All in a day’s work: The zoo breeding director *H&H Plus*

  • Mark Holden, head of the large hoofstock team at ZSL Whipsnade Zoo, on the birth of a rare wild foal, as told to Kate Johnson

    I manage the day-to-day operations for large hoofstock. We’re right on Dunstable Downs, it’s a fantastic site with naturalistic enclosures.

    We have some very charismatic animals; rhinos, giraffes, hippos, Grévy’s zebras, and Przewalski’s horses – it’s pronounced Shav-al-ski. Native to Mongolia, they are named after Nikolai Przewalski,  a Russian of Polish origin, and that’s the Polish pronunciation.

    Our Przewalski foal was born on 13th April. She’s fantastic; the first offspring for this pairing of parents, Nikki and Charlotte. Our last three foals were male, so we were due a filly. Mum is quite feisty so we gave her a wide berth for a week or so and kept an eye, by binocular.

    They’re pale cream when first born, then after a few weeks they get darker patches round their eyes. Now she’s just around six months, she’s getting adult colouration – sandy tan on the body, white underbelly, chest and muzzle, legs dark to the hock, dark brown mane and tail.

    She’s quite confident, she’ll come about 60 metres from us to investigate, then think, “I should be with Mum!” and run back.

    We sent a picture to our colleagues in Mongolia and asked if they’d like to name her. They suggested Shargahan; the first part means yellow in Mongolian. It’s the most desired horse colour; Genghis Khan had eight Shargas. The second part means cute or little.

    Unlike domestic horses, Przewalski’s horses have 66 chromosomes not 64. They’re a smaller, stockier build with shorter legs, and erect mane. They’re special because they were extinct in the wild. They’ve been reintroduced, but are thought to be only true wild horse; mustangs are wild horses that were previously domesticated and have gone feral.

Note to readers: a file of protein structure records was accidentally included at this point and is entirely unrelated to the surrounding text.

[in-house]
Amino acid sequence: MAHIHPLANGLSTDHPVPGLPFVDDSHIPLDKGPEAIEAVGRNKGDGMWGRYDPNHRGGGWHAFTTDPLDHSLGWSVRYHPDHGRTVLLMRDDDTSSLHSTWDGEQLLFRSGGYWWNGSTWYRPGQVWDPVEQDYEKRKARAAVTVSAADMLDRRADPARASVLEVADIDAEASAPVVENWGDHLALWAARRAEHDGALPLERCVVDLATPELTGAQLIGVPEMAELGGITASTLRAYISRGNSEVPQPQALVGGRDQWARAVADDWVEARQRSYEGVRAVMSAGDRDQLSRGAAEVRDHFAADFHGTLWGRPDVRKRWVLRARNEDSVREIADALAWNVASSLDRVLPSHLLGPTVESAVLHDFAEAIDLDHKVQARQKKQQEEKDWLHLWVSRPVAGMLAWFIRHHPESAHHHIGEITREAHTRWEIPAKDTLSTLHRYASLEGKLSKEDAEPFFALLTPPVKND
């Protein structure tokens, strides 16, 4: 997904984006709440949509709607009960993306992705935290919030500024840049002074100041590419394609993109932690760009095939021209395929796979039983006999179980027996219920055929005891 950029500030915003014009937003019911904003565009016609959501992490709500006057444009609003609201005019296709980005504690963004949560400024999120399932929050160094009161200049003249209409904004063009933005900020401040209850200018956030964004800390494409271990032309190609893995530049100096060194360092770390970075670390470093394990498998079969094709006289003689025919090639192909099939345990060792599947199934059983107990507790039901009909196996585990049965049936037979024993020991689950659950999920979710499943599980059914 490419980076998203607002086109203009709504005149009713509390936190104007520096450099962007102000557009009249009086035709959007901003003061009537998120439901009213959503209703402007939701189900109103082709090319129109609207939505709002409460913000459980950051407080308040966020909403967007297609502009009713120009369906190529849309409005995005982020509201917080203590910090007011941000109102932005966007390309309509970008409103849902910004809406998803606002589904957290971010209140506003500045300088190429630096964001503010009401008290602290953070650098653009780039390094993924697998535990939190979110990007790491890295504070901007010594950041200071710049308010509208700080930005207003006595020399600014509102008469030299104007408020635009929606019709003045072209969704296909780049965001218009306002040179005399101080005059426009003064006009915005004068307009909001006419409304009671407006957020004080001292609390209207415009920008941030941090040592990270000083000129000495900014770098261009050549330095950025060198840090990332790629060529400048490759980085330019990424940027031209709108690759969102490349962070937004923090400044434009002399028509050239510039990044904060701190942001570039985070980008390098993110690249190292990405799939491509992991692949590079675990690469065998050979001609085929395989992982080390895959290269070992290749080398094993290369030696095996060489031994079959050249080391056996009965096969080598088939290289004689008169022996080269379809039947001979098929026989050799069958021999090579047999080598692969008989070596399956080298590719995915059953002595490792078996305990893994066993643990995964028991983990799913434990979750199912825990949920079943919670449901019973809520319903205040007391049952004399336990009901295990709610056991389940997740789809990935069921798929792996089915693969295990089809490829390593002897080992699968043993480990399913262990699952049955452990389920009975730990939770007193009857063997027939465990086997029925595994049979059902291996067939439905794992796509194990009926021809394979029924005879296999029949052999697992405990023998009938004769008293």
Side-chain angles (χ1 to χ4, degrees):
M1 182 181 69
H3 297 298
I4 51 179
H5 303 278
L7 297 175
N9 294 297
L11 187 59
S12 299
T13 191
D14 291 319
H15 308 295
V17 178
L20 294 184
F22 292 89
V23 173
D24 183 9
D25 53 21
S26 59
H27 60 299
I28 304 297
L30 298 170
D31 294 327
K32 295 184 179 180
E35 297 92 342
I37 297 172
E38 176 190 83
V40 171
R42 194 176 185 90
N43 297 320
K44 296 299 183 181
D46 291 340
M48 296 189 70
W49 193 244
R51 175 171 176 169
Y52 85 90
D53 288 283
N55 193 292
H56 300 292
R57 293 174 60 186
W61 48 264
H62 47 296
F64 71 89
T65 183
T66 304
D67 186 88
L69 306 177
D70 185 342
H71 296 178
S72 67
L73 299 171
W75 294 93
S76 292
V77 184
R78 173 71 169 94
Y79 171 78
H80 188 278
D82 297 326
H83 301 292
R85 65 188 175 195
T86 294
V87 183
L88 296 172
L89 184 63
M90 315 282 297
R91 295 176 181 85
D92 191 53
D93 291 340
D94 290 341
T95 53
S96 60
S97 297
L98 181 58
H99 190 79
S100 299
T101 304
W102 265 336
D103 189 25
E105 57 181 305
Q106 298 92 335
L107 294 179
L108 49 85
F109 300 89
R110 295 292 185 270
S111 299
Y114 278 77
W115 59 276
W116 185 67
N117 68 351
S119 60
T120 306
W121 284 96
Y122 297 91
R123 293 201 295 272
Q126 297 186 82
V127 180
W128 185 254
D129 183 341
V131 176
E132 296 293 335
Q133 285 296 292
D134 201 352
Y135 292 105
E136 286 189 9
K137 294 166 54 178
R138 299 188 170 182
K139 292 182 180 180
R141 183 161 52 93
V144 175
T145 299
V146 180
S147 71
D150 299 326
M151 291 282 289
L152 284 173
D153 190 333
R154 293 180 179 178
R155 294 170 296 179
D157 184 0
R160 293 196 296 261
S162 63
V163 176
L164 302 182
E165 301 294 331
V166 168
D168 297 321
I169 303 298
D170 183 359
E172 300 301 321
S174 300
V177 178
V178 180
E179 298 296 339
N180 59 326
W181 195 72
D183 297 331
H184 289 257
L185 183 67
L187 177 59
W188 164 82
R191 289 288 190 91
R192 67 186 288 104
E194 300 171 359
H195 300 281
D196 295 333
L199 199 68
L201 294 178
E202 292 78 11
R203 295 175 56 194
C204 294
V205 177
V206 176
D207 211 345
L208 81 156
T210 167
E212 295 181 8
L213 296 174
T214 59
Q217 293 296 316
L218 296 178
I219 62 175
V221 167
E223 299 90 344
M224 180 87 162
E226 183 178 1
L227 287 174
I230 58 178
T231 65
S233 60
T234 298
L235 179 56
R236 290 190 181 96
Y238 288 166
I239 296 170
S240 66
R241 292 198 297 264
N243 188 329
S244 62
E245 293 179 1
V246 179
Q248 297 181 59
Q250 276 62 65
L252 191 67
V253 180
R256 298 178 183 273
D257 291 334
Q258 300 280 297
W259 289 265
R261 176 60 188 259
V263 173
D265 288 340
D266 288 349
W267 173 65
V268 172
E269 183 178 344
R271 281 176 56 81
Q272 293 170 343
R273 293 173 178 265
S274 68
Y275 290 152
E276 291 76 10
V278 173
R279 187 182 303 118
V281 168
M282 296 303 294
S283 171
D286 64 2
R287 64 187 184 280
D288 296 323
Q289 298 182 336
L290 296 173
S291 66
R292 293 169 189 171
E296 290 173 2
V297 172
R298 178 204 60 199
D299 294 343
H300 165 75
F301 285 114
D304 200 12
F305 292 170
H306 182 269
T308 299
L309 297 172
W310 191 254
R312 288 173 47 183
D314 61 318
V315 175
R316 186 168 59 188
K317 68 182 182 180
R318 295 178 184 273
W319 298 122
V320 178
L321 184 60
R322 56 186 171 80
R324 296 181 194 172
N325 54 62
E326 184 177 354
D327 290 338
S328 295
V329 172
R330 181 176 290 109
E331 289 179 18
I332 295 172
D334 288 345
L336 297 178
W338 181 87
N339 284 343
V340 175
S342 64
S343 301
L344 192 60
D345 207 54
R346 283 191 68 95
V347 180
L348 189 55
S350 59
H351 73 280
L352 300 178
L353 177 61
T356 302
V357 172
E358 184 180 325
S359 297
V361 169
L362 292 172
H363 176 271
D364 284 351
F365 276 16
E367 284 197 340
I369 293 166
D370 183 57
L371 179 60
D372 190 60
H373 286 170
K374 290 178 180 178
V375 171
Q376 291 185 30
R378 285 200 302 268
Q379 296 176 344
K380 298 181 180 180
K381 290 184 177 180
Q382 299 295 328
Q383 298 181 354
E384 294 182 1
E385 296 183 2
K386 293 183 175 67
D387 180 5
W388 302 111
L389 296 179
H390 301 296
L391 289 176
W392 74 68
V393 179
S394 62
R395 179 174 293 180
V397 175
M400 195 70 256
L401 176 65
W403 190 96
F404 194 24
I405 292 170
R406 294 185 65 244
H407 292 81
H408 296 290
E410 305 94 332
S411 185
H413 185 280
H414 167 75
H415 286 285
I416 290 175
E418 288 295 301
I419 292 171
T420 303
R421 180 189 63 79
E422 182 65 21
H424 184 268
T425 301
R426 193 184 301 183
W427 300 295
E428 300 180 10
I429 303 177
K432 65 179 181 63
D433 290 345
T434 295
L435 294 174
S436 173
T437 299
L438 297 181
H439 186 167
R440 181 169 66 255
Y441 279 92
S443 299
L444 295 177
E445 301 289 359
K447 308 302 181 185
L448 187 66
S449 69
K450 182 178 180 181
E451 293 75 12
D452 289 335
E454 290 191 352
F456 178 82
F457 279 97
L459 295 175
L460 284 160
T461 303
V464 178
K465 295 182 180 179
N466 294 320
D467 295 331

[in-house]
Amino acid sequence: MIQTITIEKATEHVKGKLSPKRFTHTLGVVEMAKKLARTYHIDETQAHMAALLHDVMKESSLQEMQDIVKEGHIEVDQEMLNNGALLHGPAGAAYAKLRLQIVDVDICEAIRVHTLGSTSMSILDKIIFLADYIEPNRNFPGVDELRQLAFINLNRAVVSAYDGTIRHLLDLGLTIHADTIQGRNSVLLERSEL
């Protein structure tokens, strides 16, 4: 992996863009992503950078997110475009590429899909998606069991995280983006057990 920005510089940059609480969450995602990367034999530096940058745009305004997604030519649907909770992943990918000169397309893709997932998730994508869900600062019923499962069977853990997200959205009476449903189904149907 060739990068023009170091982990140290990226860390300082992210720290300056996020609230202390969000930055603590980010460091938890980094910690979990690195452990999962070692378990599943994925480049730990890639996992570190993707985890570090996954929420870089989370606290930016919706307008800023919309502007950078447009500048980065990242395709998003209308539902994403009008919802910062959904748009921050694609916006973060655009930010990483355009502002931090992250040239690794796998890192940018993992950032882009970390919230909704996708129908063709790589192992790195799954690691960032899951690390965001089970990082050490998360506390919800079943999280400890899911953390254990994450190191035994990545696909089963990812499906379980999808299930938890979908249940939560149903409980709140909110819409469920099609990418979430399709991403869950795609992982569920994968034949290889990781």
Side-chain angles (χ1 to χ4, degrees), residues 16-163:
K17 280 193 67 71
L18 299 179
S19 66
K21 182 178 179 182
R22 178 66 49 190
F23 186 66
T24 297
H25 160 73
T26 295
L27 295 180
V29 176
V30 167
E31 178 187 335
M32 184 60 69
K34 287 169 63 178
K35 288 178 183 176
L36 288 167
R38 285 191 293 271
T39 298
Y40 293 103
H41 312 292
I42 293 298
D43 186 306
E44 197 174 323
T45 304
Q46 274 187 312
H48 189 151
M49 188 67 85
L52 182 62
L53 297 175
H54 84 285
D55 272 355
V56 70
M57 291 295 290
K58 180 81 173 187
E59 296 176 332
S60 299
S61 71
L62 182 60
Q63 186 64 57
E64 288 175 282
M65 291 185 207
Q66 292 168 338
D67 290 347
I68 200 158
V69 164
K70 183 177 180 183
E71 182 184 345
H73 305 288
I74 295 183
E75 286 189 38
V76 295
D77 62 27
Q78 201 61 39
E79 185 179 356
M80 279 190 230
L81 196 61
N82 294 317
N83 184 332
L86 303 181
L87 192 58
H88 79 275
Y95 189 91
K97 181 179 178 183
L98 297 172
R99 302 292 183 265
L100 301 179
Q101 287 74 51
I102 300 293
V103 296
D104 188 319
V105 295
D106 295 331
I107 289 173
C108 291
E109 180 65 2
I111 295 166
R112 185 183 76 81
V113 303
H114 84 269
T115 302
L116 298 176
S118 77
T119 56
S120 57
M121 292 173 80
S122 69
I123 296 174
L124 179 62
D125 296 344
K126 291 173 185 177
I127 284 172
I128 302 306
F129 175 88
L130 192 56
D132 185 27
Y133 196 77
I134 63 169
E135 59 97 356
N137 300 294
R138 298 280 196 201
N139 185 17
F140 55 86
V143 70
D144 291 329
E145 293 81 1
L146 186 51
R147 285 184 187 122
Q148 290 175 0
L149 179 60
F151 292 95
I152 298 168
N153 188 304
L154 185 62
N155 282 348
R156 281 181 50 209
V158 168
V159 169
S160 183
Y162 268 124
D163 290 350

Przewalski’s horses were found on the central steppes of Mongolia, but as a result of habitat destruction, hunting and droughts, numbers reduced and the last one was seen in 1969.

    As part of a conservation breeding programme, Przewalski’s horses from the captive population in Europe and America have been put back into the wild, in Mongolia, China, Russia, Hungary, and Chernobyl as a free-ranging population. It’s a great success story.

    Getting through lockdown has been challenging. The animals knew something had happened and adapted. You’d see them thinking, “Where is everyone?” When we reopened, we thought it might take them time, but they almost seemed to miss the public. They’re adaptable; in the wild they need to find water, avoid predators and cross unfamiliar areas.

    We lost three months’ funding through lockdown. We have 2,500 animals at Whipsnade, so the food bill alone is quite high. The public embraced coming back but numbers are limited. We need to secure the future of Whipsnade and London zoos, the animals, and our conservation projects.

    Giraffes, like horses, give birth standing up. We split the mum off to give her space, but her family can see what’s going on. The front feet come first, then the nose, head, shoulders. Then they’re out, 6ft down! We make a straw bed for a nice landing. Their hooves are very bendy, like slippers. It’s fascinating how dexterous the mums are, gangly but so gentle. A perfect birth is when the calf is suckling and standing within the hour.

    We had a Thomson’s gazelle who wasn’t interested in her first offspring at all. We took turns to take him home overnight – he fitted in a pet carrier. During the day we’d bring him to work with his own stables to keep him warm.

    You get attached, but you want him to think he’s a gazelle and get back into his group. They’re usually nervous, but being hand-reared, his fear of people had gone. It was a special time.

    Ref Horse & Hound; 8 October 2020